I wasn't so sure a few weeks ago that the Buffalo Bills signing of controversial superstar Terrell Owens would lead to more prime time exposure for the NFL team.
In fact, I doubted it because historically the league doesn't change its prime time plans for one player, who may be sidelined by the time the scheduled game is played.
That said, the decision to start the Bills season on ESPN's Monday Night Football Sept. 14 opposite the New England Patriots makes sense because of the lowered risk involved.
Since it is the Bills opener, they can't have a lousy record then that could turn off potential viewers. And since Owens isn't known for doing heavy lifting in the preseason, his chances of being injured should be substantially reduced as well.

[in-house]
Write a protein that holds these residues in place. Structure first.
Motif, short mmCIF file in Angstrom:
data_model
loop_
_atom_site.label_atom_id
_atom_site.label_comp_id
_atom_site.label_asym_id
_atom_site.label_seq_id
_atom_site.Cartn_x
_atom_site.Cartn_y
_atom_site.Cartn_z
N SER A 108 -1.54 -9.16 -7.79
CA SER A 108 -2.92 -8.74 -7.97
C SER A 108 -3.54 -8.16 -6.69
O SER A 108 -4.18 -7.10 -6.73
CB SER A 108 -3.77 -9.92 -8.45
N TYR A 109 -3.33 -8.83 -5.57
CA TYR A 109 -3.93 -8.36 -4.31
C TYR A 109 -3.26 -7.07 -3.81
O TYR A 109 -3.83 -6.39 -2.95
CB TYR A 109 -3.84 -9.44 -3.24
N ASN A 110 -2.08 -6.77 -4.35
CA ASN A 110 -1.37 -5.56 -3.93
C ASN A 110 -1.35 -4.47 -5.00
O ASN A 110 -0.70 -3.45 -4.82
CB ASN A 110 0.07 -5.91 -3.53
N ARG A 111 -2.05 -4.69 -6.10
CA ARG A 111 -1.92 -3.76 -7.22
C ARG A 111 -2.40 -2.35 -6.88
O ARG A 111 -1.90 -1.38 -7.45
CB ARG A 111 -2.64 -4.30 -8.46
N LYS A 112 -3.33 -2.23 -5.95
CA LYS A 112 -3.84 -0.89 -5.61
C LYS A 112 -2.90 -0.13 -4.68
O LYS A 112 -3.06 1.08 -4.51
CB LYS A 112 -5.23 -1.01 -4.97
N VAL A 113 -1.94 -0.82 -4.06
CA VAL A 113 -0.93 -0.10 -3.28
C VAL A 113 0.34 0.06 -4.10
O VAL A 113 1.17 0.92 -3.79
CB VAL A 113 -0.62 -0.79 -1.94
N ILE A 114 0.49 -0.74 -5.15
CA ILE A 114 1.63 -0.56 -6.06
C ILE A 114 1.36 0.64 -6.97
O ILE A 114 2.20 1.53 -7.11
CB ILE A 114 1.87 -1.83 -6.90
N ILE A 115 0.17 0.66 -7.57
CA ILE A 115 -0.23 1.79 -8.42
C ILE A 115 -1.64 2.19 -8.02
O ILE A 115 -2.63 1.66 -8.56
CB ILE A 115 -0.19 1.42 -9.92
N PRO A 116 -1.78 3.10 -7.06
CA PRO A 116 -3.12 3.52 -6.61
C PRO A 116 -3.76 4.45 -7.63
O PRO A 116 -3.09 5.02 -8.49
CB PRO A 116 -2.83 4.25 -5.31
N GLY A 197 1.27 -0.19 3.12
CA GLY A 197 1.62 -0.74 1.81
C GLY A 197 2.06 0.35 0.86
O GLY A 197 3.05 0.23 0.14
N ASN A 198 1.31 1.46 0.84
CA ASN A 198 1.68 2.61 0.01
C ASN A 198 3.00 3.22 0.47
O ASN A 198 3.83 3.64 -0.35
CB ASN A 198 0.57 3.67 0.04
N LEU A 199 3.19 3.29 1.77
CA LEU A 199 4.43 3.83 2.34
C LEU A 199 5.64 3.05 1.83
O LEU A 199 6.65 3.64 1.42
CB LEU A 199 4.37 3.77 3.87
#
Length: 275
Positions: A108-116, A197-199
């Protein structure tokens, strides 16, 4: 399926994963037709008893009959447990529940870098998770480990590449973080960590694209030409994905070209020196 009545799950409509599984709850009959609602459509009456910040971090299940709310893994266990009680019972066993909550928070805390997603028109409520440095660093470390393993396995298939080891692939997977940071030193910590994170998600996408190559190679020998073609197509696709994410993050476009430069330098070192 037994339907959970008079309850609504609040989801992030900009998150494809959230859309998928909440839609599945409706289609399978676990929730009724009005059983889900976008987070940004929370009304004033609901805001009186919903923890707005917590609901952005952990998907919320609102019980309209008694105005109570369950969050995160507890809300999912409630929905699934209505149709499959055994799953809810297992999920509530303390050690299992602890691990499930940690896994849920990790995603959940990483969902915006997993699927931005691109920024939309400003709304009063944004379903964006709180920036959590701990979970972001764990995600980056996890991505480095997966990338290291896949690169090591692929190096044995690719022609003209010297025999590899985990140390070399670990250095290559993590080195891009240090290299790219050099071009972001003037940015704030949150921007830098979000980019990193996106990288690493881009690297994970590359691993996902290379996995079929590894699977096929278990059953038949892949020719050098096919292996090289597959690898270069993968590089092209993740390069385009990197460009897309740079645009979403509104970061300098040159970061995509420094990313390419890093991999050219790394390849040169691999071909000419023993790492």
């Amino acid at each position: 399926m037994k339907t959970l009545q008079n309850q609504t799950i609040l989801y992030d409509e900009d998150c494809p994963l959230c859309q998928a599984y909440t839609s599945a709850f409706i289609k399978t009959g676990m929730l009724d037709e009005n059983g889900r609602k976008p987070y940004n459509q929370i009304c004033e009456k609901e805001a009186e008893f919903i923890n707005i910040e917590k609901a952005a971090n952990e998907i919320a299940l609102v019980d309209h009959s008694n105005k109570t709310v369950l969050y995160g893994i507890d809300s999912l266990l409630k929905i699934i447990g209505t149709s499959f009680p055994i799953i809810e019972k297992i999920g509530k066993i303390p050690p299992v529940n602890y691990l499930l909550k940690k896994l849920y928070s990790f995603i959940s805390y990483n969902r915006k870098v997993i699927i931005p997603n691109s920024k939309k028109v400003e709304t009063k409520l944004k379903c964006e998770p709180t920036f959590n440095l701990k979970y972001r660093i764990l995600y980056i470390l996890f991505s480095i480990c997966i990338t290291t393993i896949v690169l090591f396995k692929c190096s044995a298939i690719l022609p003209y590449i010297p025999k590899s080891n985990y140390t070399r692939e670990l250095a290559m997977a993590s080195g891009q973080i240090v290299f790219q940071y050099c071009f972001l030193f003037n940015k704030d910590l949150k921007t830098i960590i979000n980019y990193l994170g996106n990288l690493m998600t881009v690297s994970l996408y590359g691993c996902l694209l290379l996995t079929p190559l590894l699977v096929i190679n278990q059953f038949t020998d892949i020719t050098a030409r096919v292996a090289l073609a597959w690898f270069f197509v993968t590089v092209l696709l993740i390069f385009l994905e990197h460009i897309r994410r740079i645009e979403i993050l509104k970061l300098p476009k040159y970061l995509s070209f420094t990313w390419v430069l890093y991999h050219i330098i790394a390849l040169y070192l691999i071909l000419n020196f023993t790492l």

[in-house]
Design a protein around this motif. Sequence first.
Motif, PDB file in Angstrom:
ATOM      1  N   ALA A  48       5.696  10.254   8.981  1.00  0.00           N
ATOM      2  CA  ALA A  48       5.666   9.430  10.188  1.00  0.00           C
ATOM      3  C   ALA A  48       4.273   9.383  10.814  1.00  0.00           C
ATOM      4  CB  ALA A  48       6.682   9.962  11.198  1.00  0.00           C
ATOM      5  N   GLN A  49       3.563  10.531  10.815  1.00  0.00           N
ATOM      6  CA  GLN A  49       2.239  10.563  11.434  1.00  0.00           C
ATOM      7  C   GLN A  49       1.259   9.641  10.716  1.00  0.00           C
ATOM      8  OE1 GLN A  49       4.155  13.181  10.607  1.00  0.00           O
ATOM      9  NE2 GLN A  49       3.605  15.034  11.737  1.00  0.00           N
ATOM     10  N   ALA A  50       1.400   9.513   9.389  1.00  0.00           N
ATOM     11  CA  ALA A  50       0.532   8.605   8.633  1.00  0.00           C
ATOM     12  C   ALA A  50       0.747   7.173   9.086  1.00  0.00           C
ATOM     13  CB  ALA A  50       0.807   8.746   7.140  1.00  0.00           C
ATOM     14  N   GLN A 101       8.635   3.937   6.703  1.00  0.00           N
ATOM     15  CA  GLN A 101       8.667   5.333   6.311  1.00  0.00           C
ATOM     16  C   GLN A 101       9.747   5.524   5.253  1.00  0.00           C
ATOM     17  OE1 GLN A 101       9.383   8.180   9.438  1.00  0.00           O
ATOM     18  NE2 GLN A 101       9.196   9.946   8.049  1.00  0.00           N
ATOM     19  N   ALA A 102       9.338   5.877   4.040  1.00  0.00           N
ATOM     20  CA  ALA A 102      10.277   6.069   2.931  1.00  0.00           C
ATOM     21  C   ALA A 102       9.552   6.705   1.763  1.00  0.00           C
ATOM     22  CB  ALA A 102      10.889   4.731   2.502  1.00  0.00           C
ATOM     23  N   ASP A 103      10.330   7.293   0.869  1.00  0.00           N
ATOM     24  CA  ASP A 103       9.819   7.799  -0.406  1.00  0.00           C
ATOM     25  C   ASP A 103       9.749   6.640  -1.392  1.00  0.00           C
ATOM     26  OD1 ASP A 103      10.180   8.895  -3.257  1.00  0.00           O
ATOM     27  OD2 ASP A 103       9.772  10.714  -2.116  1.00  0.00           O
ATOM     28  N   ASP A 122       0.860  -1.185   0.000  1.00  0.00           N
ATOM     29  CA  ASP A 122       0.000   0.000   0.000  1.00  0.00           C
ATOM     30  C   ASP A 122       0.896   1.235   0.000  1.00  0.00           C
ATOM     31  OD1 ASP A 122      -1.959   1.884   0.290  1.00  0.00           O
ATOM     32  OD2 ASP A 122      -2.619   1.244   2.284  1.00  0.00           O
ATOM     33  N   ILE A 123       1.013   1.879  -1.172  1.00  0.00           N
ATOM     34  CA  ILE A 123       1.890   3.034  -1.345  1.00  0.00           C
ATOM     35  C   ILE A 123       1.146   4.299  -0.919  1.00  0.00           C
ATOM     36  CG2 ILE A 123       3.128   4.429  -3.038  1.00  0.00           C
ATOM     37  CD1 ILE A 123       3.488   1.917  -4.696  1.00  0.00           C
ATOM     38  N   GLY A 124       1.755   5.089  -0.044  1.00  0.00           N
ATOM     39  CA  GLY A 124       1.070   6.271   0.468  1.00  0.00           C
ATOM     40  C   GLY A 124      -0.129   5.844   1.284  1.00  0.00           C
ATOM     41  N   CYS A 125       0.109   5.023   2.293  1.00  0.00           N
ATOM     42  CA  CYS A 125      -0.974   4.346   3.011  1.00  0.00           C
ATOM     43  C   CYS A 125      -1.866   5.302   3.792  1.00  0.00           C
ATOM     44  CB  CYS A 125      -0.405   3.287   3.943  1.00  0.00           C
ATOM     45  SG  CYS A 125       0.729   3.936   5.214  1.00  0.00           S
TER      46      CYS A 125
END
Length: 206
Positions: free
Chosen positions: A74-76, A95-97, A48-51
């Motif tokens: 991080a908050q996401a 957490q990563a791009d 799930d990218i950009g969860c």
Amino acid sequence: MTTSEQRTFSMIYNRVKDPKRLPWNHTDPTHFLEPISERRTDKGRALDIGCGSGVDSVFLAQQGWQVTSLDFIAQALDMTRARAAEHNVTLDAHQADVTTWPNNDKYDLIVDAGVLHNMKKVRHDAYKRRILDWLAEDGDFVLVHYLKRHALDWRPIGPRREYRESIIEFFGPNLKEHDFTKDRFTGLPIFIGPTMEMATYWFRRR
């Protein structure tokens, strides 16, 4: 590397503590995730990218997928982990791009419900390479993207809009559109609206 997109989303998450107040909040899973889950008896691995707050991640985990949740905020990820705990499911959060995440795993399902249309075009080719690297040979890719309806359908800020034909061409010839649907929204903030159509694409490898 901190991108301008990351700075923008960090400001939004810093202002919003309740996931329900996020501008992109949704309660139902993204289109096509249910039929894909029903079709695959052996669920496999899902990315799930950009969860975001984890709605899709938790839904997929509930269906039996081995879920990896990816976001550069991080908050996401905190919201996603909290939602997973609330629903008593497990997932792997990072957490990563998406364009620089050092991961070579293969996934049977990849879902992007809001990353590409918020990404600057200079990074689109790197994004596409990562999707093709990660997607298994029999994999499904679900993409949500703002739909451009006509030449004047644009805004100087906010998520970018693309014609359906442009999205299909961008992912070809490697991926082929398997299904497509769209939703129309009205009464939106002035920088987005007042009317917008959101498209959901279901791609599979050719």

Most importantly, the Bills really can be viewed as a secondary consideration to the Patriots, a storied franchise in recent years that will be welcoming back quarterback Tom Brady from last season's injury and who have their own superstar receiver in Randy Moss.
It is hard to say if the Bills-Pats game would have been part of the NFL's 50th annual celebration of the American Football League even if Owens wasn't involved. But his signing added to the game's attraction.
I've heard speculation on the radio that suggests the Bills could get as many as three prime time appearances because of the signing of Owens. I'm not buying it. There's just about no chance that they would make NBC's Sunday Night Football schedule, which favors winning teams from the year before.
I figure one more game on Monday night or a game on the NFL Network prime time package would be about right.What do you think?
-- Alan Pergament